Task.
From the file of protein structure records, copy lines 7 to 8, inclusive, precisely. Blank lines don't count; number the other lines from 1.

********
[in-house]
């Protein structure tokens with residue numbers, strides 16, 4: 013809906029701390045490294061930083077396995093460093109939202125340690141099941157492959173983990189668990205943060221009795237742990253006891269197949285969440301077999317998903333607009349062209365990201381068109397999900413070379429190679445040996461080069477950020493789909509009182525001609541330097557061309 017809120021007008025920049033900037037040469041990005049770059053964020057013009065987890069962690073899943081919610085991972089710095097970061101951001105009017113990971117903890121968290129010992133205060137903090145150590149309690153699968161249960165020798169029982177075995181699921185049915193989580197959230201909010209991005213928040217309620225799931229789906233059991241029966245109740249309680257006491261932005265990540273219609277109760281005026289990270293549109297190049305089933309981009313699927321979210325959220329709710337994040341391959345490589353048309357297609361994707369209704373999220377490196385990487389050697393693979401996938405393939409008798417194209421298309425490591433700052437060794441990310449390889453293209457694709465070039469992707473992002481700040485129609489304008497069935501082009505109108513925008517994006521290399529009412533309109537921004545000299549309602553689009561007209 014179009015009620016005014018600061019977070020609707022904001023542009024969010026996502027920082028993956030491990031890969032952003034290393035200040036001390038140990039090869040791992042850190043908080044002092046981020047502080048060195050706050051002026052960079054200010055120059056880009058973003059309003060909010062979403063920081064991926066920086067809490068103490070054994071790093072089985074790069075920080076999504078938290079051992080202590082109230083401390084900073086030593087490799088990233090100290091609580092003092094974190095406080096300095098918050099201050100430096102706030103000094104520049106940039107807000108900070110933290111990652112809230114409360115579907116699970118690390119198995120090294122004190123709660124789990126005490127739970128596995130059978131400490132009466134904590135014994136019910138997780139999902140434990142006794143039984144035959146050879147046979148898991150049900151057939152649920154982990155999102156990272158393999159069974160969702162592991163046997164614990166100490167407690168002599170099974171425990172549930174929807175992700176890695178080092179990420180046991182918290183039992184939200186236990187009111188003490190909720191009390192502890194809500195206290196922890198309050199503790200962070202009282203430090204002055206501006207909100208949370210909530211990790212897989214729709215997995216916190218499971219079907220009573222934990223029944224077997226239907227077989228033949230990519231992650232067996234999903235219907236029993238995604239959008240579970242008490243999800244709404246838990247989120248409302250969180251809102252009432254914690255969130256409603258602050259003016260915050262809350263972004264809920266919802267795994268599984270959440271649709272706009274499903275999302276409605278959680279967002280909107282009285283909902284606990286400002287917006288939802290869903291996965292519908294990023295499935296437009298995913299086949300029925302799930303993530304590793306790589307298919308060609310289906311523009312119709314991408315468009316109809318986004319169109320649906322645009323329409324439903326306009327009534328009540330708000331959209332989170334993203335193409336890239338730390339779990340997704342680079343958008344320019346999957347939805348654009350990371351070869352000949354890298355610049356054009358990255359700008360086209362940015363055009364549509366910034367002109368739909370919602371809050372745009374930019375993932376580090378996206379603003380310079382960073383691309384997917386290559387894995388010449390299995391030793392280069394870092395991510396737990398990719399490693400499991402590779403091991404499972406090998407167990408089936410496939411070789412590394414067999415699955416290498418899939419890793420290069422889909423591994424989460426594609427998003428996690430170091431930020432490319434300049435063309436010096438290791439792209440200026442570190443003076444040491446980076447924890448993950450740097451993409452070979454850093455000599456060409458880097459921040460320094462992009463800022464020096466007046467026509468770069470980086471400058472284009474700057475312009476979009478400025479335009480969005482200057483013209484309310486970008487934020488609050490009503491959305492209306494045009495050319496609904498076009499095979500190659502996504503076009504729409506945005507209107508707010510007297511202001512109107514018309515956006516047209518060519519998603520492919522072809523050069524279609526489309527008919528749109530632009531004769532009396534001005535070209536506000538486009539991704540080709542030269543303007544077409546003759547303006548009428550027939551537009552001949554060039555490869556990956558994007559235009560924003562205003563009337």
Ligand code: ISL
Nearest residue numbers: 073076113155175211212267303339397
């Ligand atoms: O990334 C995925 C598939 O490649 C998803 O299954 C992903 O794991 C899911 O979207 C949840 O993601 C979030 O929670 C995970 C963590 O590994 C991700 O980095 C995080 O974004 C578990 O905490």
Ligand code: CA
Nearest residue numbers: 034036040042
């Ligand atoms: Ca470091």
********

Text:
Nearest residue numbers: 034036040042
């Ligand atoms: Ca470091």